The Bacon Free Library Building, built 1880
58 Eliot Street, South Natick, Massachusetts
headquarters of the Natick Historical Society
History of the Bacon Free Library Building and The Natick Historical Society
Located near the banks of the Charles River and at the crossroads of the scenic neighborhood of South Natick, where the Natick Indians first made their Christian settlement and where Harriet Beecher Stowe set her novel Oldtown Folks, the Natick Historical Society is perfectly situated to collect and share local history.
Oliver and Sarah Bacon, longtime residents of South Natick, were the generous patrons who willed part of their estate to Trustees of the Bacon Free Library to build this handsome brick edifice. Sarah had run a lending library from their home, and her widower made sure their legacy would embody their values for the benefit of their community. The building still keeps its original purpose to house a neighborhood library on the upper level--the Bacon Free Library--and a museum and history research center on the lower level--the Natick Historical Society.
The architect was Robert G. Shaw, who practiced only briefly in Boston. He was married to Isabella Hunnewell of Wellesley and that is where the couple spent their summers. The overall cruciform floor plan with a tower is reminiscent of H.H. Richardson's Trinity Church in Boston (1876), while the design details are Renaissance Revival, which add up to a handsome surrounding for this building dedicated to sharing knowledge. The Bacon Free Library Building contributes to The John Eliot Historic District and is listed on the Massachusetts and National Registers of Historic Places.
A decade earlier in 1870, local citizens had formed "The Historical, Natural History and Library Society of South Natick," now called the Natick Historical Society. One of the first Society members was Oliver Bacon. Two of the primary founders were William Edwards (a clothier and amateur collector of natural specimens) and Horatio Alger, Sr. (minister at The Eliot Church and scholar of culture and genealogy). They merged their interests in science and history into a "cabinet of curiosity" of sorts that was first housed in the rooms above William Edwards' store in South Natick and launched a popular lecture series. The first speaker for the Society was Prof. Calvin E. Stowe, D.D., husband of Harriet Beecher Stowe. This promising start was harshly interrupted by a devastating fire in 1872 that wiped out several blocks in South Natick, including the historical society. Starting over in the Merchant's Block, the Society enlarged its collections, especially of natural history specimens from a South American trip by member A.L. Babcock. Several of the birds he gave, along with many others from the Massachusetts region, are still on display at the Natick Historical Society. The group formally incorporated with H.H. Hunnewelll as president in 1873.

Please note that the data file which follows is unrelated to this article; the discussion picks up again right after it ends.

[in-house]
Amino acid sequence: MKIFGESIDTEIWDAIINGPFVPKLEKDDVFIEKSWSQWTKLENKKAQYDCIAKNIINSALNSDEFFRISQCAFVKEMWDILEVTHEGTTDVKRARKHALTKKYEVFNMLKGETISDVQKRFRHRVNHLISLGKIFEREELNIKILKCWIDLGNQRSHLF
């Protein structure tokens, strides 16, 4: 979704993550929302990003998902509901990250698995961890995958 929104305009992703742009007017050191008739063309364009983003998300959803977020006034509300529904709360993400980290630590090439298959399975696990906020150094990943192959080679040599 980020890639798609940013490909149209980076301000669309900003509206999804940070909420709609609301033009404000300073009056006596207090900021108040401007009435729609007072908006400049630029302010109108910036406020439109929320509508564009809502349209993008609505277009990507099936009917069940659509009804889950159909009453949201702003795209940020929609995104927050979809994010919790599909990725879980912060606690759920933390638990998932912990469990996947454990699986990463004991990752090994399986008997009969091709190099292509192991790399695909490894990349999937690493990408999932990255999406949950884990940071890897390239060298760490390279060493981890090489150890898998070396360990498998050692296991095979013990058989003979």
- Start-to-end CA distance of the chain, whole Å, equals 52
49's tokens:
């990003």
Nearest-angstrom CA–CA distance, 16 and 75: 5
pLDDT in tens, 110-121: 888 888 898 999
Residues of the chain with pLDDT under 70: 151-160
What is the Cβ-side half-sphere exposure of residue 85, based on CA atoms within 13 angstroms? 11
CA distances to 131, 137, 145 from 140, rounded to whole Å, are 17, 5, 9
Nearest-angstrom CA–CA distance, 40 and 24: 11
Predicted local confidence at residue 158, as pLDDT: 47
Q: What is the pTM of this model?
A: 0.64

Today, the Natick Historical Society carries forth this legacy made by people who loved learning and loved their community. The museum and archives tell many rich stories for visitors to 58 Eliot Street. Walking tours of South Natick, illustrated talks, community events, educational programs for school children and families, changing exhibitions at the Morse Institute Library, and a traveling display kiosk share these stories with the community and with people who appreciate history everywhere.